Circular economy disruptions: past, present and future

The extracts from Exeter University’s International Symposium on the circular economy in June 2018 (‘Circular Economy disruptions, past, present and future’) have just been published.  They feature the panel discussion led by the European Remanufacturing Council, at which Rachel Waugh and Owain Griffiths from Oakdene Hollins aired the 10 research topics that members of the Council, politicians, policy makers, academics and experts helped to put together, and which are designed to encourage collaboration between industry and research institutes:

  • EV battery remanufacturing policy barriers and best practice
  • Trade barriers and solutions globally.
  • Remanufacturing liability.
  • Environmental impact comparison: to remanufacture, or not?
  • Additive manufacturing remanufacturing.
  • Blockchain for remanufacturing.
  • Legal definitions of ‘waste’ and other remanufacturing terms.
  • Best practice take-back schemes.
  • Market assessment of remanufacturing certification marks.
  • Skills for remanufacturing.

Some of the above topics look at addressing barriers to remanufacturing, while others aim to further understand the innovation opportunities that will help the European Remanufacturing Council to grow the remanufacturing sector across the EU from €30bn to €100bn by 2030. Universities from across Europe have all shown interest in engaging with Council members to support research in these areas, and consortia-building is already underway.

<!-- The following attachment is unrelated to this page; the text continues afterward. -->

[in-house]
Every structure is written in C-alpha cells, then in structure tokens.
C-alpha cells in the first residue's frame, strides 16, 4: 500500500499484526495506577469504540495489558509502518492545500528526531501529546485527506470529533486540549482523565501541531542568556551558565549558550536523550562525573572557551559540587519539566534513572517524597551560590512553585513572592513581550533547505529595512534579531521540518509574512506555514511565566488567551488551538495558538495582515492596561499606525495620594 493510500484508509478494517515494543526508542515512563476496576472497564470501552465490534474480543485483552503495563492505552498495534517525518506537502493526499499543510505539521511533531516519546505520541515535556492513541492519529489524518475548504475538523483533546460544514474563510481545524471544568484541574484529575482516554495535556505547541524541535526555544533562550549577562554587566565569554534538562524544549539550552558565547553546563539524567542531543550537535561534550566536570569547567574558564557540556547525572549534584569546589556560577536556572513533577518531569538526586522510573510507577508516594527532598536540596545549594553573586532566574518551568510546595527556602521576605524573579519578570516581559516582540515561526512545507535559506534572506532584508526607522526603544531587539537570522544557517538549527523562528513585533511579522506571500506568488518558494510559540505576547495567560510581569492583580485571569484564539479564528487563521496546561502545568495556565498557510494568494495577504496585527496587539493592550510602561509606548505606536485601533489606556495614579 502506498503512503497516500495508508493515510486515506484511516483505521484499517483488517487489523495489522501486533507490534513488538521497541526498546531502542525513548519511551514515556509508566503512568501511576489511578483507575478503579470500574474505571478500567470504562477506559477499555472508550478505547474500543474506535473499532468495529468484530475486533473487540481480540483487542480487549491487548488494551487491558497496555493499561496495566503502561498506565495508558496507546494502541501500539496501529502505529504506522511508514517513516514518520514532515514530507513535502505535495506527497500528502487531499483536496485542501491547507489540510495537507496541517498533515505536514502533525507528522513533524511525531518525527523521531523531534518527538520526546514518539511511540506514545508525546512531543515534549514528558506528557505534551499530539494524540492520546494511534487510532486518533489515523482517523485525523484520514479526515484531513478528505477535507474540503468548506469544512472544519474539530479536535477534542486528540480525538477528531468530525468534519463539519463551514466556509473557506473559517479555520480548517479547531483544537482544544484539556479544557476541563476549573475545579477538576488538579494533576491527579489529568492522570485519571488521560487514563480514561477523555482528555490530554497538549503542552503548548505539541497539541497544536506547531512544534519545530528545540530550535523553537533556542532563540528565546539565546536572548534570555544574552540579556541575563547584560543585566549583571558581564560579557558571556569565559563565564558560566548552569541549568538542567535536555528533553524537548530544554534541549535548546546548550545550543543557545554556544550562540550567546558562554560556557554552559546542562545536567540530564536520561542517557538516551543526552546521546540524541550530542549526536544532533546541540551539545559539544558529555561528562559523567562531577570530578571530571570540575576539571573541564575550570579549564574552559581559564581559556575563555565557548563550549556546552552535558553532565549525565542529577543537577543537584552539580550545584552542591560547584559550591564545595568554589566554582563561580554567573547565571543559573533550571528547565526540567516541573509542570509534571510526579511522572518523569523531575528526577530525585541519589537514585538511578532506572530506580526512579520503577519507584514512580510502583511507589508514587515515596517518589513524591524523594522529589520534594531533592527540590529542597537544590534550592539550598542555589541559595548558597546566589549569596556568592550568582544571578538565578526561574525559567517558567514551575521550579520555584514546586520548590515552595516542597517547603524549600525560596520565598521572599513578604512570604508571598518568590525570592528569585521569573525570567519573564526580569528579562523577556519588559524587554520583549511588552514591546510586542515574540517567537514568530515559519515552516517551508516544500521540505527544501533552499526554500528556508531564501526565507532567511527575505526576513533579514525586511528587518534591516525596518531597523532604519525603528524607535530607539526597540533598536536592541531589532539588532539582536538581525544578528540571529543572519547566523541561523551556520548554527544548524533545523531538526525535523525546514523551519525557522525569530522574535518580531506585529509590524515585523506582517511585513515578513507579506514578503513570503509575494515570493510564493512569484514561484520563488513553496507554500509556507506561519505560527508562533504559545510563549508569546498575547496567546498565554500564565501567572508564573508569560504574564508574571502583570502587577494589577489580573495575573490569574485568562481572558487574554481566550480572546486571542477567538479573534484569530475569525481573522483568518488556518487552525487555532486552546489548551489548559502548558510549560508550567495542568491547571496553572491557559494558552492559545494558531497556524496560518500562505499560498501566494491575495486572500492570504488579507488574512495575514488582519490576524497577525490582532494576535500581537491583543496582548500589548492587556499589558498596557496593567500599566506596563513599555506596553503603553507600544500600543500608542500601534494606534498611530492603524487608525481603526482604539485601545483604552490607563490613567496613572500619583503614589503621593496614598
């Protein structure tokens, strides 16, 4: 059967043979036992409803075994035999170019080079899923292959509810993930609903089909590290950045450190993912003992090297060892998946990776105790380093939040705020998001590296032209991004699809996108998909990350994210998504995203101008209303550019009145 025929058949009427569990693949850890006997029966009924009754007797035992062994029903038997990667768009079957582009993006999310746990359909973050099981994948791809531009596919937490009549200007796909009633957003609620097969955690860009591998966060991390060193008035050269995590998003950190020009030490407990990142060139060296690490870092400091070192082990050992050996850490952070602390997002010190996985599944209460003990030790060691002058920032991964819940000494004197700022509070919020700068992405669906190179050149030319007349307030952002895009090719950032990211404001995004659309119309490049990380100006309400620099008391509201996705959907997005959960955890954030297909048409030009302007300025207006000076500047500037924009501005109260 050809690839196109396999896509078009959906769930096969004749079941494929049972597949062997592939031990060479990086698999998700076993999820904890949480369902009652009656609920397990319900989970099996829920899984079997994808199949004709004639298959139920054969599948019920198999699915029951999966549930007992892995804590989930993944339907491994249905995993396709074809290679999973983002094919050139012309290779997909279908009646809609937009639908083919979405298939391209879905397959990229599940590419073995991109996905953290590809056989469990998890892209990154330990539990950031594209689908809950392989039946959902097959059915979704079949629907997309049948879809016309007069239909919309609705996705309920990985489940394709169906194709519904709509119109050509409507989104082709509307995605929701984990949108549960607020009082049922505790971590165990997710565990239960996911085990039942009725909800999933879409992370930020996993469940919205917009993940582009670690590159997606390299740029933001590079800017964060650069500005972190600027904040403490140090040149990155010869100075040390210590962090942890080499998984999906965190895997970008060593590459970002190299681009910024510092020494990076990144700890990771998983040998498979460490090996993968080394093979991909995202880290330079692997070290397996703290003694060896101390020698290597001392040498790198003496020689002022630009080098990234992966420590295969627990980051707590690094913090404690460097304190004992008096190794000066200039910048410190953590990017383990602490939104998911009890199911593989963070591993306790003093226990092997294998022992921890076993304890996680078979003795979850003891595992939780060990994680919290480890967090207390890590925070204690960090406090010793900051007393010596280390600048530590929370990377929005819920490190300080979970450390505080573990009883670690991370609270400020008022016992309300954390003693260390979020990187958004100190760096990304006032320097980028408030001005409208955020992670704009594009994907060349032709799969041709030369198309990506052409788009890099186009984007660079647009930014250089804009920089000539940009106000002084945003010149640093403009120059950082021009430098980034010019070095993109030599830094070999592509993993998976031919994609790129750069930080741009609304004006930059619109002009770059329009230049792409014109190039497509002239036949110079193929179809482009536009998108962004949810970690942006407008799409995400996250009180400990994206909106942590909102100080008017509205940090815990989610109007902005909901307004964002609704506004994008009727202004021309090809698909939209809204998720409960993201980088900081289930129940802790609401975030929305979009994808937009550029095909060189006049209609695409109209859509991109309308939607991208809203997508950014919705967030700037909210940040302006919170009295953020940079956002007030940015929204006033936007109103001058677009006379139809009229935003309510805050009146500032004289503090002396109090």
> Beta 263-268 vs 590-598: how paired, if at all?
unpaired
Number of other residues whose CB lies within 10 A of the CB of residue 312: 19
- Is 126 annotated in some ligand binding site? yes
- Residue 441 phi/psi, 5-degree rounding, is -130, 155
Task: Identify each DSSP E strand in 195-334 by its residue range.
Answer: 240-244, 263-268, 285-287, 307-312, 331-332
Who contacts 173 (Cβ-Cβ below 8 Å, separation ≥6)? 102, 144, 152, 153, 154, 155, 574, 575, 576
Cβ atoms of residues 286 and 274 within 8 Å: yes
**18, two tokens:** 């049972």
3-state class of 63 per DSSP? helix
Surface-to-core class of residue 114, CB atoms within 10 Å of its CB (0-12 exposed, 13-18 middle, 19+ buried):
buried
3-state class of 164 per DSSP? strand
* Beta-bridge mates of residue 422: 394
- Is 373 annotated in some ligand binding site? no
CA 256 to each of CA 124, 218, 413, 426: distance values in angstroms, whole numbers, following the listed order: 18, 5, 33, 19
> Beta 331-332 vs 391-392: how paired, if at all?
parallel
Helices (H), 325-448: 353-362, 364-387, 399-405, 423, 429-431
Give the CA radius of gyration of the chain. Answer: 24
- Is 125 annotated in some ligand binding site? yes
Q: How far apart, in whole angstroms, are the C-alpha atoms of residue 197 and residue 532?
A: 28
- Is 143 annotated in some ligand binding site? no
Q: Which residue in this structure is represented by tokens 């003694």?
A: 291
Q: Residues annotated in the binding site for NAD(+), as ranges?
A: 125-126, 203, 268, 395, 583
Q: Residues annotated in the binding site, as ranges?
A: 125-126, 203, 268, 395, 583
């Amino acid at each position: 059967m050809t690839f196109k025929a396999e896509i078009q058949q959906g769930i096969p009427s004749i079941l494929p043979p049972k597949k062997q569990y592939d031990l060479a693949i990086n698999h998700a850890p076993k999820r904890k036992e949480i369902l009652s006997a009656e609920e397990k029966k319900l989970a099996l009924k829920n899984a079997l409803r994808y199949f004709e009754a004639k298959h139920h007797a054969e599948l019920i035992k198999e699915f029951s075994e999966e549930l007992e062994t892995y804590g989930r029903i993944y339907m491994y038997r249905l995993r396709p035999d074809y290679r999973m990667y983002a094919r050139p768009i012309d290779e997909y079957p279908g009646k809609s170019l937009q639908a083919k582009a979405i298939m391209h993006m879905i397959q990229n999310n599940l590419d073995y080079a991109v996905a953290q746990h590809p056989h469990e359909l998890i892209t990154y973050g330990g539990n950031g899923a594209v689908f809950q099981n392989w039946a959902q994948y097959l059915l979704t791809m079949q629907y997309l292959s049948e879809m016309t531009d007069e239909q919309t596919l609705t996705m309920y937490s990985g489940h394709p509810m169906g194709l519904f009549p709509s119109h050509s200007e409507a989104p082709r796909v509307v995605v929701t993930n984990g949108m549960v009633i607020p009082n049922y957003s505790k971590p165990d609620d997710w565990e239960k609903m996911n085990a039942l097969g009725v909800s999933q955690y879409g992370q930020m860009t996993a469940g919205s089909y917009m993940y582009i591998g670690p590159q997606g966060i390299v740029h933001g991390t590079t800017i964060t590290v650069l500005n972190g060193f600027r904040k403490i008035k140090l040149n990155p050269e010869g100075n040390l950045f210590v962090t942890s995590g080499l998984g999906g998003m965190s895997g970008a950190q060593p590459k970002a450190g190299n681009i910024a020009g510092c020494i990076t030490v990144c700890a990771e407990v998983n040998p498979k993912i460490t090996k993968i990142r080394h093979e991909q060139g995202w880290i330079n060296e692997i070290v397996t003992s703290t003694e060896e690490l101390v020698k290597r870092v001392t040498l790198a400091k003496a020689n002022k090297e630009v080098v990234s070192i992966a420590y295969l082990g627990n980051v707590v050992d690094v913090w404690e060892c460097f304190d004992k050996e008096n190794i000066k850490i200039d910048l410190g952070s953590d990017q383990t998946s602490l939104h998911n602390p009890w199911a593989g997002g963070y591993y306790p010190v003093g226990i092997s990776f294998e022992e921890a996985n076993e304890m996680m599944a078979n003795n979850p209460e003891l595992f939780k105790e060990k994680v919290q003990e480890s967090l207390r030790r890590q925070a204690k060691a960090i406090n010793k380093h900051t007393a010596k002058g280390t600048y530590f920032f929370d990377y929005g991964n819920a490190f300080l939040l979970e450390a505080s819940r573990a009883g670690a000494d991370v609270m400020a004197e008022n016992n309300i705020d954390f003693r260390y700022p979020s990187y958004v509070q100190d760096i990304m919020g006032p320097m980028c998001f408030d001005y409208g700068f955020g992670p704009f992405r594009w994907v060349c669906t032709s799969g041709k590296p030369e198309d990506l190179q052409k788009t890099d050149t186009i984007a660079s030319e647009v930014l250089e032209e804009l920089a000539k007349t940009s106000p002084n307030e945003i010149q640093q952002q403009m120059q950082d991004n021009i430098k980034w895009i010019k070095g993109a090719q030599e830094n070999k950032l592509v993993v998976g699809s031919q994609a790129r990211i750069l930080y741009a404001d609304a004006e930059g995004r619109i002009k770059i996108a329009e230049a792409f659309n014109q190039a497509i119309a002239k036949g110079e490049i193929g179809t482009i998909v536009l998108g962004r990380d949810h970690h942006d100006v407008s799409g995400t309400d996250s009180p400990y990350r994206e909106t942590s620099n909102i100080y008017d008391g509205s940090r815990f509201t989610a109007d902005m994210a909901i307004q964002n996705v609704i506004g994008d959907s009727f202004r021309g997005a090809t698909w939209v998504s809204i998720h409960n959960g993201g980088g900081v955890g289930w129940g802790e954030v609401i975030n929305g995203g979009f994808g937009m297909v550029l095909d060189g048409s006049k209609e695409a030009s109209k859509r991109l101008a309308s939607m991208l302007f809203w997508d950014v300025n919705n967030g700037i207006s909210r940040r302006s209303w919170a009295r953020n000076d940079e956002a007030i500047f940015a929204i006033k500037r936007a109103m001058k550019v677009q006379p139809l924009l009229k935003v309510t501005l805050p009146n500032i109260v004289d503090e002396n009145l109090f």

Remanufacturing is a crucial part of the circular economy: it helps companies retain valuable materials and can reduce the cost of an as-good-as new product by 40%. A report by the UN EP International Resource Panel, due later this year, will support the need for greater consideration of remanufacturing possibilities ahead of recycling.  If you are engaged in or considering remanufacturing or would like to discuss the research topics, please email

Katie Baker